Now we have heard how Mrs. Sedley had prepared a fine curry for her son, just as he liked it, and in the course of dinner a portion of this dish was offered to Rebecca. “What is it?” said she, turning an appealing look to Mr. Joseph.
“Capital,” said he. His mouth was full of it: his face quite red with the delightful exercise of gobbling. “Mother, it’s as good as my own curries in India.”
“Oh, I must try some, if it is an Indian dish,” said Miss Rebecca. “I am sure everything must be good that comes from there.”
“Give Miss Sharp some curry, my dear,” said Mr. Sedley, laughing.
Rebecca had never tasted the dish before.
“Do you find it as good as everything else from India?” said Mr. Sedley.
“Oh, excellent!” said Rebecca, who was suffering tortures with the cayenne pepper.
“Try a chili with it, Miss Sharp,” said Joseph, really interested.
“A chili,” said Rebecca, gasping. “Oh yes!” She thought a chili was something cool, as its name imported, and was served with some. “How fresh and green they look,” she said, and put one into her mouth. It was hotter than the curry; flesh and blood could bear it no longer. She laid down her fork. “Water, for Heaven’s sake, water!” she cried. Mr. Sedley burst out laughing (he was a coarse man, from the Stock Exchange, where they love all sorts of practical jokes). “They are real Indian, I assure you,” said he. “Sambo, give Miss Sharp some water.”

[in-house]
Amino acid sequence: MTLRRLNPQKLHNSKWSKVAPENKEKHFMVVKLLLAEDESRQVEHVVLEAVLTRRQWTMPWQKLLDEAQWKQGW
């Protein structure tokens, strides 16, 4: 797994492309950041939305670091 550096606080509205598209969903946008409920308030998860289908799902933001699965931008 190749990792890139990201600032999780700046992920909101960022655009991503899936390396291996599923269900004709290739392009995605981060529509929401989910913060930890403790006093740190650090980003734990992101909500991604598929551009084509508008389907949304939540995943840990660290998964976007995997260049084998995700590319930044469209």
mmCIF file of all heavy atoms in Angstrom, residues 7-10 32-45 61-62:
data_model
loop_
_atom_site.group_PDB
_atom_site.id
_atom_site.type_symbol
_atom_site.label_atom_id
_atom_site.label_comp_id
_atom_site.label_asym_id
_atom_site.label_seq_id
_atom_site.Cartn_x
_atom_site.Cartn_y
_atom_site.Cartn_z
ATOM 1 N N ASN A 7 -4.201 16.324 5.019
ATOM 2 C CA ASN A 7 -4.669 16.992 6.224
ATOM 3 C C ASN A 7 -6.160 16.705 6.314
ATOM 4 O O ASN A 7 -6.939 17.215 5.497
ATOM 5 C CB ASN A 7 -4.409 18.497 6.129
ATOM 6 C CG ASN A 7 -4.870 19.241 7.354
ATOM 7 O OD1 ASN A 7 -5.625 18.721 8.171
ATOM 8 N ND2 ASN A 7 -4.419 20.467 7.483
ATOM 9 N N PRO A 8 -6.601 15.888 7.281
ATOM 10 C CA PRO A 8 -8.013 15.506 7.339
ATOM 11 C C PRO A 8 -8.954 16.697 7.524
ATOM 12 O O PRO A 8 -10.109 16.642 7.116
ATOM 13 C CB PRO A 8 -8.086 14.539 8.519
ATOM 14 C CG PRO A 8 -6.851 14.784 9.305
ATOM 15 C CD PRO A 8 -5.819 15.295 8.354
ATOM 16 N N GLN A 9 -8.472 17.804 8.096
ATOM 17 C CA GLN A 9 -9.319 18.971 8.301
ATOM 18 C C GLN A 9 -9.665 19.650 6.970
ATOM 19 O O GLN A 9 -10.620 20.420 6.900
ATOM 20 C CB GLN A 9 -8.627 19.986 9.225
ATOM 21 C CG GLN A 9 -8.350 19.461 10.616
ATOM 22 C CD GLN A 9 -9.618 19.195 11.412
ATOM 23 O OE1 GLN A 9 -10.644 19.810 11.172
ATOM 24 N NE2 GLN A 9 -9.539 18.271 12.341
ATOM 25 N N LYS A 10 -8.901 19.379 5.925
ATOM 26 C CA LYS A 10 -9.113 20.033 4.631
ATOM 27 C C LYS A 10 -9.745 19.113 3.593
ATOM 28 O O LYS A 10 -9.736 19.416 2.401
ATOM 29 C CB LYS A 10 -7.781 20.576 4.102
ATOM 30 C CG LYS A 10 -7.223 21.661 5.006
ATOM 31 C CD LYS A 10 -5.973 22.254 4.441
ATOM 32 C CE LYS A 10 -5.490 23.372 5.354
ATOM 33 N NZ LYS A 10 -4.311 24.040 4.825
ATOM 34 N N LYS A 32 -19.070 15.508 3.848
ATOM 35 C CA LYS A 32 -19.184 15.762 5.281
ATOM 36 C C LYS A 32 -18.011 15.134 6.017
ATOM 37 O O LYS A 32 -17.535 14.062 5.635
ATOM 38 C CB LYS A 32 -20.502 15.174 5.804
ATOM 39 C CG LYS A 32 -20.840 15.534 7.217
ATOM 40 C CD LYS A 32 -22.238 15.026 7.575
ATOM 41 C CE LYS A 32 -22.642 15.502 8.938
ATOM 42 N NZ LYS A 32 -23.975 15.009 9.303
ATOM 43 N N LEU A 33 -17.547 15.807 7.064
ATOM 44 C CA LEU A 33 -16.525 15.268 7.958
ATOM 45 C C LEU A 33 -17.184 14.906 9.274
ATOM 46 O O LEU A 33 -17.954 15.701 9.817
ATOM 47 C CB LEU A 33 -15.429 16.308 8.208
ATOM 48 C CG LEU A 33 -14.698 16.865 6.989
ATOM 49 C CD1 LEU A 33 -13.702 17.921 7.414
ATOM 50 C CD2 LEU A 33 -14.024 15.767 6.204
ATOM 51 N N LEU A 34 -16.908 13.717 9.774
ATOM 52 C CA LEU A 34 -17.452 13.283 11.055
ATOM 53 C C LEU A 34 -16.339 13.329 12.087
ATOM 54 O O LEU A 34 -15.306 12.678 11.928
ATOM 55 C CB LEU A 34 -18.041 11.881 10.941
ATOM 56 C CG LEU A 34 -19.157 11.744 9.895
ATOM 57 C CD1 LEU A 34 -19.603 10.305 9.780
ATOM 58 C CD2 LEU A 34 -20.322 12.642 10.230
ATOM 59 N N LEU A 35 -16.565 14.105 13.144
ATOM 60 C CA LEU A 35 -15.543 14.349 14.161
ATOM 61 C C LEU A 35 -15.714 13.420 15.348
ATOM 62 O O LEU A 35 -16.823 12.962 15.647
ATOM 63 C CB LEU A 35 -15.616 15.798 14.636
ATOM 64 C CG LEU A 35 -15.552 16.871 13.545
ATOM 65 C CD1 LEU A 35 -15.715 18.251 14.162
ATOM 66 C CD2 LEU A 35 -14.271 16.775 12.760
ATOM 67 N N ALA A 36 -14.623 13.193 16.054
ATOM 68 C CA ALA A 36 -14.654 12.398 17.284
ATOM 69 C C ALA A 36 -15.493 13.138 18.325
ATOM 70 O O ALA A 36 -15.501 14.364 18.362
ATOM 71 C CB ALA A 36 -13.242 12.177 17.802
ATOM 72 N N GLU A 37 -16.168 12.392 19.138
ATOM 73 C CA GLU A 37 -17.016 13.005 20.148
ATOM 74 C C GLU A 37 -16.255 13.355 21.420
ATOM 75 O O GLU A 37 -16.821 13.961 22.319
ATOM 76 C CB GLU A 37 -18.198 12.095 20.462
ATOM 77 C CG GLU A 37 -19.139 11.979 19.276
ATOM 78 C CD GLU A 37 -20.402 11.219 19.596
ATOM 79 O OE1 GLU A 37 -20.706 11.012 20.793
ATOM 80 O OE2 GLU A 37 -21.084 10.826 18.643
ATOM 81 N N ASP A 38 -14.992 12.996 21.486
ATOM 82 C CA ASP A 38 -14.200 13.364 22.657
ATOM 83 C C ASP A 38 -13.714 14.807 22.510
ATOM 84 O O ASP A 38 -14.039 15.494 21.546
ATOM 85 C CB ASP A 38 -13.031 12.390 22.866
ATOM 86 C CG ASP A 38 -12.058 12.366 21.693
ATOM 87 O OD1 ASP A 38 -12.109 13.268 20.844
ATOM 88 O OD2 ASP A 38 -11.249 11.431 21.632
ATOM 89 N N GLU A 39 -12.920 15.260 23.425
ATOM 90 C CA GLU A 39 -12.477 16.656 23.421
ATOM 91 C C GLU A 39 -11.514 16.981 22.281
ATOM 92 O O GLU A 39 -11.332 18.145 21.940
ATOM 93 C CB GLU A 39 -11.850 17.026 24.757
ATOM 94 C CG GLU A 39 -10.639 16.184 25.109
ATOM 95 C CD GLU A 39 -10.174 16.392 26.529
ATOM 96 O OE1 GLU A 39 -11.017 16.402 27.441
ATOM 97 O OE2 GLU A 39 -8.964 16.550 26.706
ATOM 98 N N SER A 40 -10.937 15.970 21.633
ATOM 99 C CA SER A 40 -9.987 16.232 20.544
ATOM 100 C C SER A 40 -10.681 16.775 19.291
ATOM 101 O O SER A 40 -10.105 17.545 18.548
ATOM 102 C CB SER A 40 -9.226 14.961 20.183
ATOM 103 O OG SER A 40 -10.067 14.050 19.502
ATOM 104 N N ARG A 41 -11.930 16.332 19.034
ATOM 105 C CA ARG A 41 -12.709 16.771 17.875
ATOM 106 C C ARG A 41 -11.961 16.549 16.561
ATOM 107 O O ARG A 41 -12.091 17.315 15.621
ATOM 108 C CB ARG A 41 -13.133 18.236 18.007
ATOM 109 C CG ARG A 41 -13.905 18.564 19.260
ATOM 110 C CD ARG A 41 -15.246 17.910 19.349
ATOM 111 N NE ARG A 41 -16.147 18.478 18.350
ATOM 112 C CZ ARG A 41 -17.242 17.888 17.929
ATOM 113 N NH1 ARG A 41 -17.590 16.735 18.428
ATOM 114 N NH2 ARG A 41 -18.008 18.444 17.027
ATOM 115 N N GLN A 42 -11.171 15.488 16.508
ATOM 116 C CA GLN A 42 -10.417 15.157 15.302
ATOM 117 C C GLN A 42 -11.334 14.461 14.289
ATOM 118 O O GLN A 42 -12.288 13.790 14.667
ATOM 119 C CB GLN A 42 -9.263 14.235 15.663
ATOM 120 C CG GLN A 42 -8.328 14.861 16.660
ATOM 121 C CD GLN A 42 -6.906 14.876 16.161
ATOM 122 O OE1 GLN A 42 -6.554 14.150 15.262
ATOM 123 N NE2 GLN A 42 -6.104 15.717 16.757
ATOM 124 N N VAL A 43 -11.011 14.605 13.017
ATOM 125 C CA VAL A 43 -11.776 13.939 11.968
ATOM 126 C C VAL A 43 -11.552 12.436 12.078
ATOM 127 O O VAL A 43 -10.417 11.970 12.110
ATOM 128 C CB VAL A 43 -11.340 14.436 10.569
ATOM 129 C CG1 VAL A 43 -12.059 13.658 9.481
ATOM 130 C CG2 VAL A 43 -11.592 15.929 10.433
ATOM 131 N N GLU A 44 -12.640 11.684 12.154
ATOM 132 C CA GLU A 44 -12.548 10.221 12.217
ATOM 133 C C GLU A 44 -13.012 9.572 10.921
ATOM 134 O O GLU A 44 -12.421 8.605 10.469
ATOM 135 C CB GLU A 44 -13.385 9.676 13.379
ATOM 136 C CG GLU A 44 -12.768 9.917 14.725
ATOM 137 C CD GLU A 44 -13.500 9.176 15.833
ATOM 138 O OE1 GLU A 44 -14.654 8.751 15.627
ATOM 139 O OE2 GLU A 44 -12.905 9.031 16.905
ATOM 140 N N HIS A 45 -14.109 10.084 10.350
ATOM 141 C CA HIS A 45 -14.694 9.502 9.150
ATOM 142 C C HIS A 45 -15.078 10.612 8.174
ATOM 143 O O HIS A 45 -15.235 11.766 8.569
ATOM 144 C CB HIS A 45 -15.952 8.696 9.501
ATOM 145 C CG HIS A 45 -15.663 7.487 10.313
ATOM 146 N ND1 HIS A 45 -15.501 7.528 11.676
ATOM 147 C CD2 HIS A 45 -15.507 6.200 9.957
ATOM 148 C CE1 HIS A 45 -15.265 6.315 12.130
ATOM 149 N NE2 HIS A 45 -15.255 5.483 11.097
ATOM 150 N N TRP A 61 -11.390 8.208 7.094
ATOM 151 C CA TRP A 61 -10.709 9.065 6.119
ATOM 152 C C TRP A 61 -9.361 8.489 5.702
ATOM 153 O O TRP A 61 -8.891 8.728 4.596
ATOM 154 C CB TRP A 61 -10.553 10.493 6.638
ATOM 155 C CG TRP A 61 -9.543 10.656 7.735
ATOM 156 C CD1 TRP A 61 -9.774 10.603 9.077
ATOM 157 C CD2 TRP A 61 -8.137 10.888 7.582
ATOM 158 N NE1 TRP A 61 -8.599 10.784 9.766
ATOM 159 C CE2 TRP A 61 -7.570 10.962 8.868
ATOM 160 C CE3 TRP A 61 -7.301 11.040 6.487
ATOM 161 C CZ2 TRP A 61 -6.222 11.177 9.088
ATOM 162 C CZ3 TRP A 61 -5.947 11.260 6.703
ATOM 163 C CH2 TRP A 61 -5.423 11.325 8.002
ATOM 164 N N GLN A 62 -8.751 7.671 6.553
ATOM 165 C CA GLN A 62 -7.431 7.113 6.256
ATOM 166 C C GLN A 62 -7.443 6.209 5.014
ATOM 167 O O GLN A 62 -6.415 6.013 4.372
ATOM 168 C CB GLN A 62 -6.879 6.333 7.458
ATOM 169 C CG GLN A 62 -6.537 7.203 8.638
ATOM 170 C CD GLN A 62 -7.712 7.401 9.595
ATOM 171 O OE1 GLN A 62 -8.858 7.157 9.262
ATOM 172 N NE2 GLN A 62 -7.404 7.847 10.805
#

William Thackary, 1848
William Kitchiner, M.D. (1775-1827) was an optician, inventor of telescopes, amateur musician and exceptional cook. His name was a household word during the 19th century, and his Cook’s Oracle was a bestseller in England and America. Unlike most food writers of the time he cooked the food himself, washed up afterwards, and performed all the household tasks he wrote about. He travelled around with his portable cabinet of taste, a folding cabinet containing his mustards and sauces. He was also the creator of Wow-Wow Sauce.
The full title of the book was Apicius Redivivus, or the Cook’s Oracle. It is also listed as The Cook’s Oracle: Containing receipts for plain cookery on the most economical plan for private families, etc. The prefaces promises to “endeavour to hold the balance even, between the agreeable and the wholesome, and the Epicure and the Economist” It includes 11 ketchup recipes, including two each for mushroom, walnut and tomato ketchups, and one each for cucumber, oyster, cockle and mussel ketchups.
The following recipe shows the popularity of Indian in Georgian and Regency foods, the result of the East India Company’s influence on society. According to the researchers at foodandheritage.com, “Currystuff” was a mixture of spices, of which there are many receipts in the old British cookery books. The word curry is derived from the Tamil word kari. Mulaga means pepper and tawny (tanni) means water or broth, hence “peppery broth” is a good translation.
Take two quarts of water, and boil a nice fowl or chicken, then put in the following ingredients, a large white onion, a large chilly*, two teaspoonsful of ginger pounded, the same of currystuff, one teaspoonful of turmeric, and half a teaspoonful of black pepper: boil all these for half an hour, and then fry some small onions, and put them in. Season it with salt, and serve it up in a tureen. Obs. – It will be a great improvement, when the fowl is about half boiled, to take it up and cut it into pieces, and fry them and put them into the soup the last thing.
Find a Modern Equivalent at The Pioneer Woman Cooks
* The pod of which Cayenne pepper is made.
Enjoyed this article? Browse our giftshop at janeaustengiftshop.co.uk for Regency recipe books!